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May 07, 2014

5 Tips for Talking About Retirement with Your Spouse

When you think about retirement, what comes to mind? For you, retirement may sound like freedom. Years of uninterrupted time stretches before you—time you can finally spend pursuing all those vacations and hobbies you’ve put on pause while holding down a full-time job. Your spouse, however, may see a drastically different picture. If you’ve already started the discussion, you may have heard something like this:

  • “Retirement? We’re way too young to be talking about that.”
  • “Our 401Ks really took a hit in recent years. How can we even think about leaving our jobs?”
  • “Not work? We’d be bored after a week!”

Retirement isn’t what it used to be. The average age of retirement has increased from 57 in the early 1990s to 61 today, according to a 2013 Gallup poll. Increasingly more people continue to work for a decade or more after that. Barbara Walters, for example, only recently announced her plans to say goodbye to her lifelong journalism career—and she’s 84. Many maturing boomers increasingly see retirement as gradual transition away from the work force, rather than the sudden end of a chapter in their lives.

For close to 20 years, Maggie Stark, Director of Admissions at Kendal at Oberlin, has talked to many couples considering future retirement plans. She says, “It’s not uncommon at all hear that spouses or partners aren’t exactly on the same page about expectations for the future.” The important thing is to have an honest discussion with your loved one and respect each other’s concerns when it comes to making these important decisions.

Whether you and your spouse see yourselves working part-time or volunteering, you both need to plan ahead to make the most of your retirement. If you’re ready to join the ranks of retirees but your spouse seems reluctant, here are some ways to have a productive conversation:

Broach the Subject Gently

As with any difficult discussion over the course of your marriage, timing is essential. Don’t bring up the idea of retirement when your spouse is exhausted after a long day or while you’re sitting in rush-hour traffic. Choose a time when you’re both relaxed and free from distractions. Start by expressing your concerns, and avoid making accusations. Saying, “I want to spend as much time with you and our family as possible, and I want to make sure our savings will enable us to do that in the next 10 years” will be better received than, “You never want to talk about money.”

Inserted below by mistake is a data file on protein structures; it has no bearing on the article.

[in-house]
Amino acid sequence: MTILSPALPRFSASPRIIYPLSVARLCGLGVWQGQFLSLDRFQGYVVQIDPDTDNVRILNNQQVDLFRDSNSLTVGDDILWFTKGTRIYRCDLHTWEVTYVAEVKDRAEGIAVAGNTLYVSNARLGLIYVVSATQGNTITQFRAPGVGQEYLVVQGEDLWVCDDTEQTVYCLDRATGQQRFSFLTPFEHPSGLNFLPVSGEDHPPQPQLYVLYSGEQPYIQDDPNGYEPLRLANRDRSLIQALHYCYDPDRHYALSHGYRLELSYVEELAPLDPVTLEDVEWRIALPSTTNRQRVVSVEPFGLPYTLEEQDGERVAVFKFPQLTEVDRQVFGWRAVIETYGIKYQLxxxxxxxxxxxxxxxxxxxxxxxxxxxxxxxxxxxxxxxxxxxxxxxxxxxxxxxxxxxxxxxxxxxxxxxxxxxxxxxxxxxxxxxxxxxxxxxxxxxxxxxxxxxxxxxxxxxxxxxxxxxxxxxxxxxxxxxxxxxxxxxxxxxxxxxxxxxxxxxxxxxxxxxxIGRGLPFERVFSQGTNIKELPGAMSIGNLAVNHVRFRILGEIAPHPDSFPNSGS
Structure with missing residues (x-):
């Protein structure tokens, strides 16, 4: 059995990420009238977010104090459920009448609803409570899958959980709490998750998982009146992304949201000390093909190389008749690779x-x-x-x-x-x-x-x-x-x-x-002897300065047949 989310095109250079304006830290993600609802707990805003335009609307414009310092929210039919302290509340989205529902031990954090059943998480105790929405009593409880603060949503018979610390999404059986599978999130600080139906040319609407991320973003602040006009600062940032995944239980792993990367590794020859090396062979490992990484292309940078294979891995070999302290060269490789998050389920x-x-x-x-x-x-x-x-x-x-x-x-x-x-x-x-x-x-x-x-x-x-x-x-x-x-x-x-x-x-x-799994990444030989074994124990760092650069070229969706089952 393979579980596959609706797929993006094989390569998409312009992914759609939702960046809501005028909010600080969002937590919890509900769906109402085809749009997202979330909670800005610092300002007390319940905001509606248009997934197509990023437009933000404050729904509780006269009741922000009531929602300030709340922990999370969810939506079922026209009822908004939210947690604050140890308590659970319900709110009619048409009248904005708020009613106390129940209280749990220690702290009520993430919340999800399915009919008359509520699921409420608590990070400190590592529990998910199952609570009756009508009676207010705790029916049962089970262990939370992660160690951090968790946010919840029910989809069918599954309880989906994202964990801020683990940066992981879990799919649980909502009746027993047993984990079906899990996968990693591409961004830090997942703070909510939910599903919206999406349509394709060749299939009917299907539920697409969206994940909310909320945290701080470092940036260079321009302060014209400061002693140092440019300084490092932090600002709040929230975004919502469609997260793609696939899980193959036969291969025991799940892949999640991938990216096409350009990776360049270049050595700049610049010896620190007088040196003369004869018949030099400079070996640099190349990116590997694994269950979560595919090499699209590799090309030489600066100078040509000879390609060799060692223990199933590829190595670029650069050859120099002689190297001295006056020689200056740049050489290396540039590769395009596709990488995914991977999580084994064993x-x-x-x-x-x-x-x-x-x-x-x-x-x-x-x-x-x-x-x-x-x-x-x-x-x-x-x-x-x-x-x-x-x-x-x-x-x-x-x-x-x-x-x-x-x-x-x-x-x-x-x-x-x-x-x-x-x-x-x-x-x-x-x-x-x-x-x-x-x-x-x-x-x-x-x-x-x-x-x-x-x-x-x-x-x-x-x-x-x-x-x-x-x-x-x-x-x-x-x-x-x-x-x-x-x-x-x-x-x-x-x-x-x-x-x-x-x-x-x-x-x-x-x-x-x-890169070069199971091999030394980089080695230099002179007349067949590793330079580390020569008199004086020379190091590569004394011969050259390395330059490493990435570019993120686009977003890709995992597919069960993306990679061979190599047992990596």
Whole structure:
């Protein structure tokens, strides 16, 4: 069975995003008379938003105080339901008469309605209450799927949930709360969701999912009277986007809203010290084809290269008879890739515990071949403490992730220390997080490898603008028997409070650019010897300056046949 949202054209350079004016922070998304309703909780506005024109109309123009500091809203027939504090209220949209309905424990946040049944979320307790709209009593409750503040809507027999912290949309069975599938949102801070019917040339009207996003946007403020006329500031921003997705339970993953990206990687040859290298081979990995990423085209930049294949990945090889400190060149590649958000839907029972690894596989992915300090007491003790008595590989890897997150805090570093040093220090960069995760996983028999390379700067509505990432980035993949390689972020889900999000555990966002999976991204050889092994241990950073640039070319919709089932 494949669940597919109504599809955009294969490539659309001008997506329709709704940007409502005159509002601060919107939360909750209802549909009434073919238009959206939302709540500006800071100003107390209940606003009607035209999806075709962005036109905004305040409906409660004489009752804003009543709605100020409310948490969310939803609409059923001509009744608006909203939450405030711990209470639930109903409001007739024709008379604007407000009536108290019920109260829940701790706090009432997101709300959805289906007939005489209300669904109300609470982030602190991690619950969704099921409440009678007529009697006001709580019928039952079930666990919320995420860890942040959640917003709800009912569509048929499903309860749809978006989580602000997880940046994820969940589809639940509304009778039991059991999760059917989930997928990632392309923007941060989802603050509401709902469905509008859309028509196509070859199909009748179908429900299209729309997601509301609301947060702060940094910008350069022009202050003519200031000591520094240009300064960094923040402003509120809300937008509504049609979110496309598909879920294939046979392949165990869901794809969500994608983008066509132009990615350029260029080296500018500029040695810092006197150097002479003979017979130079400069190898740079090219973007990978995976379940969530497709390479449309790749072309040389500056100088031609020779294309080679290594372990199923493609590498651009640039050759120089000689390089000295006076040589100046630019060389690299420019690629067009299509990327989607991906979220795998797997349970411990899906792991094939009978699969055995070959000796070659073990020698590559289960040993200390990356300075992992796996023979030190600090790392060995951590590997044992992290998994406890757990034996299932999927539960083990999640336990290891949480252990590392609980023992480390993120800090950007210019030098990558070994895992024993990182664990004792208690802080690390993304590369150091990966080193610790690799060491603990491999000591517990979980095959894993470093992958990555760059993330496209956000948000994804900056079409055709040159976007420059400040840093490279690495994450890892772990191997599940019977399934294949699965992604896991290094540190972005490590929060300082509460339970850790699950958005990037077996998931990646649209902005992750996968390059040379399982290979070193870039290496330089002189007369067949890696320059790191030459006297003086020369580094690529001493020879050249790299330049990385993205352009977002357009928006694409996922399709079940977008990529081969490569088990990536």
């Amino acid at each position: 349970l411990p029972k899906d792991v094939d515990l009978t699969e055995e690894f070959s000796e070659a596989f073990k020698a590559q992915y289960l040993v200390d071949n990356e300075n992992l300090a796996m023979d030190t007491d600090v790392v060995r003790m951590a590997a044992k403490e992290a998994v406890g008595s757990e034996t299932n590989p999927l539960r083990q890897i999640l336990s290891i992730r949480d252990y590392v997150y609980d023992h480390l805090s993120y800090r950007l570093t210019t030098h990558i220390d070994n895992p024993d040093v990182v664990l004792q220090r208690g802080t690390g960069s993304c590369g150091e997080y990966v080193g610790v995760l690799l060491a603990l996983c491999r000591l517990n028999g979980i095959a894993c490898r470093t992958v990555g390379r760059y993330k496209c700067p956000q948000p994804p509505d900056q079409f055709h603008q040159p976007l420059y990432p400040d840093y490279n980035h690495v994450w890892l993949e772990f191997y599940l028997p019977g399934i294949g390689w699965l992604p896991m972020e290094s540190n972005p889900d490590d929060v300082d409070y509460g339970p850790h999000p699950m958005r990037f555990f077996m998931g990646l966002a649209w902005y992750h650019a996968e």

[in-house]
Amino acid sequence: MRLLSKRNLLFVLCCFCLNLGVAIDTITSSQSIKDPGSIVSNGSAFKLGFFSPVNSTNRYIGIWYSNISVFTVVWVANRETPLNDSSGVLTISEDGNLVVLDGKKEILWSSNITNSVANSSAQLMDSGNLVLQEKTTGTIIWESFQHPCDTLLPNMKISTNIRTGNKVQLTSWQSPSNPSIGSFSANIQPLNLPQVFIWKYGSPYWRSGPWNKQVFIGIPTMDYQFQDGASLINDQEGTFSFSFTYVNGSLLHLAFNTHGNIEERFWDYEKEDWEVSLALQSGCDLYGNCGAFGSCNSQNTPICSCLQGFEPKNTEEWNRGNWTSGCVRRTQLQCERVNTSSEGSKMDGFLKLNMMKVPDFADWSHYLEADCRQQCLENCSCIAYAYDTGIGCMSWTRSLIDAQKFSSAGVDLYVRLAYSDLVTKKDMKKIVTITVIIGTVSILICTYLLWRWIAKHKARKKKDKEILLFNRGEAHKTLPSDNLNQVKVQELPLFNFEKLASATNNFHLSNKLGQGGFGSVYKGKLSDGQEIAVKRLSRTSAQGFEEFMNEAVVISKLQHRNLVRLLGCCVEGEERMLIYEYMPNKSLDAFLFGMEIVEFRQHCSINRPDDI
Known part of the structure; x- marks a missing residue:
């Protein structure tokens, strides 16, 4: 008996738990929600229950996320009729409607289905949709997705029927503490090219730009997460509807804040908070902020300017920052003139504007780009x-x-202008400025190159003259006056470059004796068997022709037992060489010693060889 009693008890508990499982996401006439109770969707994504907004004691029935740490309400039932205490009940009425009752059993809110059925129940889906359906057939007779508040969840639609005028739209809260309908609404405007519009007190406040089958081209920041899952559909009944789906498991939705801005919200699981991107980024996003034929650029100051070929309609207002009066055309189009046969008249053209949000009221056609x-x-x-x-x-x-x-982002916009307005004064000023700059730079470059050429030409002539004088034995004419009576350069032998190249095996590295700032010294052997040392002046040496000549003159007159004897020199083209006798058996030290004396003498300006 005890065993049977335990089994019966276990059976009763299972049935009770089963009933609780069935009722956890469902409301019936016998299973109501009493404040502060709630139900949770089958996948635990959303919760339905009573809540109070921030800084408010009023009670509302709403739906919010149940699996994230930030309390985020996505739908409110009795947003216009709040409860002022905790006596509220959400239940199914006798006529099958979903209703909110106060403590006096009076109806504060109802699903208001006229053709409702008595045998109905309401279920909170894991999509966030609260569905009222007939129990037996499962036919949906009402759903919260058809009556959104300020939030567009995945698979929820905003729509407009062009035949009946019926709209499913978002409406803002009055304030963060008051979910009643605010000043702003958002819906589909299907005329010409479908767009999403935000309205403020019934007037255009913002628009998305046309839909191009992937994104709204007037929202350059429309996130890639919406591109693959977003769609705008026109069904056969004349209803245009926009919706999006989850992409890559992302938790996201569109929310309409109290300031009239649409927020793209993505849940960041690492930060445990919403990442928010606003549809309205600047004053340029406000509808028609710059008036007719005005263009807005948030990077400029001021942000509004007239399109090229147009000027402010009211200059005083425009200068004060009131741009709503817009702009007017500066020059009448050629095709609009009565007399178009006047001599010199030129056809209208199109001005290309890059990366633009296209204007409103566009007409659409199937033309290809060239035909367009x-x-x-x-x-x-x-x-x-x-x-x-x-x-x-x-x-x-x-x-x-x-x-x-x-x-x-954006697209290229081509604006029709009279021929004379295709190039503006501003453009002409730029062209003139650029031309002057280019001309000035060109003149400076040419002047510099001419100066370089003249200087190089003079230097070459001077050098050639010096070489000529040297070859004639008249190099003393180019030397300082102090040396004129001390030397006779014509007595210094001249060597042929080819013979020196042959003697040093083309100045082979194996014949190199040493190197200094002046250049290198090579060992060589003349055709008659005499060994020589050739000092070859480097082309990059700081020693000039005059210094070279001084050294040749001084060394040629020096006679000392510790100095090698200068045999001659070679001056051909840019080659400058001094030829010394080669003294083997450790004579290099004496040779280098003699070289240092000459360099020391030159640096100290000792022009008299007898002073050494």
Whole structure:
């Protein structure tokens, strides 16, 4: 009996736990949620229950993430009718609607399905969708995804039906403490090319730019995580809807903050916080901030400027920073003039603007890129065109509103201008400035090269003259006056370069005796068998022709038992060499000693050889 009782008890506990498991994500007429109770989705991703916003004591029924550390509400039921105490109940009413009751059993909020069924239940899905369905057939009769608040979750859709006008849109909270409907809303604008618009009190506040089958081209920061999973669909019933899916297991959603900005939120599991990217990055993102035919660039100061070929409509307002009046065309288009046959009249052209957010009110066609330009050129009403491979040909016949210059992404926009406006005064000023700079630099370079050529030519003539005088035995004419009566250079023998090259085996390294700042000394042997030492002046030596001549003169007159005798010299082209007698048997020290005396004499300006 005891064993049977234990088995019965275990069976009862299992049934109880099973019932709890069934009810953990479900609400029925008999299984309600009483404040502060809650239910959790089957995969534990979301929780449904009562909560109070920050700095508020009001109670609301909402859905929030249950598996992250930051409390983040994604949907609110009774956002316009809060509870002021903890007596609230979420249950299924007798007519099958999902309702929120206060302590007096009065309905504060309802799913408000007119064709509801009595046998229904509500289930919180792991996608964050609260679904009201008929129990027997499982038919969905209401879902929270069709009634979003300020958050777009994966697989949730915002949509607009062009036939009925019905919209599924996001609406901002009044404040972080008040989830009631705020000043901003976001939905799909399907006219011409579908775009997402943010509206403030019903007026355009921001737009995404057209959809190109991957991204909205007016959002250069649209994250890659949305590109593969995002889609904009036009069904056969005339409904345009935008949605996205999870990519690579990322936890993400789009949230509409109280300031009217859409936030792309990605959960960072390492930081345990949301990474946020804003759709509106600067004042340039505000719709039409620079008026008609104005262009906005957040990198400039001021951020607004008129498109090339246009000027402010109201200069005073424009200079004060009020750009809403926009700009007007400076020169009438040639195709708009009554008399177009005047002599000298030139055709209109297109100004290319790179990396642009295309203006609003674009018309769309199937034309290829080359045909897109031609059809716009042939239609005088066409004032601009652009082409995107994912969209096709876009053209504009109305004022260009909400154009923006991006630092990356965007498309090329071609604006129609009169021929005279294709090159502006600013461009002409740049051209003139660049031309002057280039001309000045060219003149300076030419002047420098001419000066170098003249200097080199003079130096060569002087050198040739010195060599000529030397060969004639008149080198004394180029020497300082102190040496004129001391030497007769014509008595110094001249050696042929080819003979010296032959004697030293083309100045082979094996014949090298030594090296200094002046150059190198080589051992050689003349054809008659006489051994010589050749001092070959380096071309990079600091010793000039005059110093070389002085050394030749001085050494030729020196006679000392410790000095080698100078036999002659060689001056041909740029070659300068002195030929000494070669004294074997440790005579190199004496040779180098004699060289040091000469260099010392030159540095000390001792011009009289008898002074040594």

Be Willing to Listen

If your spouse sounds defensive, there’s probably a good reason. Ask questions to find out why he or she feels this way. Are there preconceived notions about retirement? Does it bring back memories of a relative or close friend who struggled through it? He or she may see retirement as a fearful time filled with unknowns.

Emphasize the Need to Plan Ahead

Reassure your spouse that you’re in this together, and you want to make the most of this next chapter in your lives. Get a financial planner involved in the discussion so you can both take stock of where you stand with savings. You might discover you’re in a better position to retire than you think. If that’s not the case, it’s better to recognize the shortfalls now while you still have plenty of time to take action. 

Be Prepared with Information

Having resources on hand, such as recent articles, financial documents, or a retirement calculator, will show your spouse that you’re serious about planning together. It helps if the information comes from an unbiased expert. Many community colleges offer classes on retirement planning through their lifelong learning programs. 

Establish Common Goals & Start Planning

Brainstorm a list of goals for your retirement together, and determine how to accomplish them. How much money do you need to live reasonably well?  Do you see yourselves downsizing to eliminate costly home maintenance?  Are you concerned that retirement will isolate you from your peers? Now is the time to consider whether a retirement community may fit into those plans. A campus-based retirement community, such as Kendal at Oberlin, offers the advantage of living with other adults who are eager to stay involved and the added benefit of planning for future health care needs.

In our next blog, we will be discussing tips for talking to your partner about relocating to a retirement community. Subscribe to our blog today so you don’t miss it!

Retirement Living: Why Choose Kendal at Oberlin


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